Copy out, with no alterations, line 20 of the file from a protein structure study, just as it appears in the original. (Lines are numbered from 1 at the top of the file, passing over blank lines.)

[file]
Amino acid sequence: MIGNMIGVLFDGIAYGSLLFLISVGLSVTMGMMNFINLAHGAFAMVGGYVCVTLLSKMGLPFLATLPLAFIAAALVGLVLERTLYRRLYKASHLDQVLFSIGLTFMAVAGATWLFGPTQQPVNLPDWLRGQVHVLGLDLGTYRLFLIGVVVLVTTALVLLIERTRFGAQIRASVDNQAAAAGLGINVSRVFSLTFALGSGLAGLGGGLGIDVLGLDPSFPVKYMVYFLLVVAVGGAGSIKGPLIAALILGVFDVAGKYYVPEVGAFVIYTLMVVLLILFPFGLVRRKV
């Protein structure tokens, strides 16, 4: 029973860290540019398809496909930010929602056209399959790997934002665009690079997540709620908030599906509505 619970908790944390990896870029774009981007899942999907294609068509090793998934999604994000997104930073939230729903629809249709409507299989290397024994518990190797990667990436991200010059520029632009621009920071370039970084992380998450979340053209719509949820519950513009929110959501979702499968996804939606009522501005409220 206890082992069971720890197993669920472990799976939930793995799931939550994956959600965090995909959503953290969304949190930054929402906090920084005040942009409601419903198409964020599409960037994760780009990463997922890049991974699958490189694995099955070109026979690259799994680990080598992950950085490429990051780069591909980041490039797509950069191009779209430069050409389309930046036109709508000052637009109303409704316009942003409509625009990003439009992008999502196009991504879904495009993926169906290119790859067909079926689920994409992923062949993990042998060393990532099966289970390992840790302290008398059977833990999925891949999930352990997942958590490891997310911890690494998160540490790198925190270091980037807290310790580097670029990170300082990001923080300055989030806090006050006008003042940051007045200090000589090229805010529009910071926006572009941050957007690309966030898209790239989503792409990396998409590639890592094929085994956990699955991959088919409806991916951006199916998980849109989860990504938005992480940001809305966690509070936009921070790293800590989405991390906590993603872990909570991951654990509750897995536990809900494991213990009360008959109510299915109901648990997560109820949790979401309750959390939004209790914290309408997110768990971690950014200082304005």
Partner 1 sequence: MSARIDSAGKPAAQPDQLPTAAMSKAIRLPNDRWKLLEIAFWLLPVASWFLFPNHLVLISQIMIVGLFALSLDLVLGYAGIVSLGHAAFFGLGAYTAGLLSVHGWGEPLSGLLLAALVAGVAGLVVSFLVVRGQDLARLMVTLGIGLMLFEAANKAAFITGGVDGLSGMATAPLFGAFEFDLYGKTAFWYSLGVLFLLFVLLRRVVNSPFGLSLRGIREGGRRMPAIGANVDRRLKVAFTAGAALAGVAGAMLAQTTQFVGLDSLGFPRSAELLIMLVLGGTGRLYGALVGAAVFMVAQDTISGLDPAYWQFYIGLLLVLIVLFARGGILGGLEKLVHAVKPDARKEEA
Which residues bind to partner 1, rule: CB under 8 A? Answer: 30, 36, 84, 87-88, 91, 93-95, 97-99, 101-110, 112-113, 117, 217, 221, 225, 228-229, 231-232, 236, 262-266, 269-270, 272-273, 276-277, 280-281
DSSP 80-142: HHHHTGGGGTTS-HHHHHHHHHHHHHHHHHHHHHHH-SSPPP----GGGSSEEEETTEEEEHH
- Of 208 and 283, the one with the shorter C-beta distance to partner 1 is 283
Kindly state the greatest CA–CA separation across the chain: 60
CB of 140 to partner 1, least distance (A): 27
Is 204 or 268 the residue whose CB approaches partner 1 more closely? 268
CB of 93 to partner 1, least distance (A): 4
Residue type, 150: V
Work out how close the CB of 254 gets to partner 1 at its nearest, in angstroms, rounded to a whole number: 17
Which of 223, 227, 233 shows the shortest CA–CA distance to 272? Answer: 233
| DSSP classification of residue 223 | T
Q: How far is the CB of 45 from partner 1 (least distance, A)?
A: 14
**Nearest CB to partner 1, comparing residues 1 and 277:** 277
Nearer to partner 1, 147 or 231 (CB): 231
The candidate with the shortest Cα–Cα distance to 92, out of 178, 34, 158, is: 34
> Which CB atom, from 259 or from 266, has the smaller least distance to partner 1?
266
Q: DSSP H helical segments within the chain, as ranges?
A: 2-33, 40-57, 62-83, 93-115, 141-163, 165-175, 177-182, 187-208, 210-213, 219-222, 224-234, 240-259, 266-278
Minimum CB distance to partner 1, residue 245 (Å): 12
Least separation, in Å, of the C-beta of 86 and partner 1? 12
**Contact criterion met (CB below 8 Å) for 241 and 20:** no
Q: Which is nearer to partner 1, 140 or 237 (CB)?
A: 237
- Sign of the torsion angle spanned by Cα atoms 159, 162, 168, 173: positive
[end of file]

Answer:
> Which CB atom, from 259 or from 266, has the smaller least distance to partner 1?